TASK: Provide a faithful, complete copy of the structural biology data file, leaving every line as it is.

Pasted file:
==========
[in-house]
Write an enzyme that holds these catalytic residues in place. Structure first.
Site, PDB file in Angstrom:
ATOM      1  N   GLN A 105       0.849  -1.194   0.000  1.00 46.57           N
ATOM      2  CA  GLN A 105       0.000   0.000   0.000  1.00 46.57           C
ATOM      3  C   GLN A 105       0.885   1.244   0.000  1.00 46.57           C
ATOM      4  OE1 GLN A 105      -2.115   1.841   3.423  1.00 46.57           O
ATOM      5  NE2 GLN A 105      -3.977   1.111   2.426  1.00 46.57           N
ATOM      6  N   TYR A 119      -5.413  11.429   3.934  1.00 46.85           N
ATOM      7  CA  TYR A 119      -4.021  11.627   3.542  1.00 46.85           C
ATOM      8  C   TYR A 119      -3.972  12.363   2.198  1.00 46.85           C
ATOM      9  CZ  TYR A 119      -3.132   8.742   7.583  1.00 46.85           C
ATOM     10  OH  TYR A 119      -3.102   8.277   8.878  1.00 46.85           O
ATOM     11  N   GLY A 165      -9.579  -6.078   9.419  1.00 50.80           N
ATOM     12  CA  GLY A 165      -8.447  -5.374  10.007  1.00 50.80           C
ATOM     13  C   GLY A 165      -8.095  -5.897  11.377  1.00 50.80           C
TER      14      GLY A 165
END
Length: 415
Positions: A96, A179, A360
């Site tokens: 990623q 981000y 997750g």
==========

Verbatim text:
[in-house]
Write an enzyme that holds these catalytic residues in place. Structure first.
Site, PDB file in Angstrom:
ATOM      1  N   GLN A 105       0.849  -1.194   0.000  1.00 46.57           N
ATOM      2  CA  GLN A 105       0.000   0.000   0.000  1.00 46.57           C
ATOM      3  C   GLN A 105       0.885   1.244   0.000  1.00 46.57           C
ATOM      4  OE1 GLN A 105      -2.115   1.841   3.423  1.00 46.57           O
ATOM      5  NE2 GLN A 105      -3.977   1.111   2.426  1.00 46.57           N
ATOM      6  N   TYR A 119      -5.413  11.429   3.934  1.00 46.85           N
ATOM      7  CA  TYR A 119      -4.021  11.627   3.542  1.00 46.85           C
ATOM      8  C   TYR A 119      -3.972  12.363   2.198  1.00 46.85           C
ATOM      9  CZ  TYR A 119      -3.132   8.742   7.583  1.00 46.85           C
ATOM     10  OH  TYR A 119      -3.102   8.277   8.878  1.00 46.85           O
ATOM     11  N   GLY A 165      -9.579  -6.078   9.419  1.00 50.80           N
ATOM     12  CA  GLY A 165      -8.447  -5.374  10.007  1.00 50.80           C
ATOM     13  C   GLY A 165      -8.095  -5.897  11.377  1.00 50.80           C
TER      14      GLY A 165
END
Length: 415
Positions: A96, A179, A360
């Site tokens: 990623q 981000y 997750g």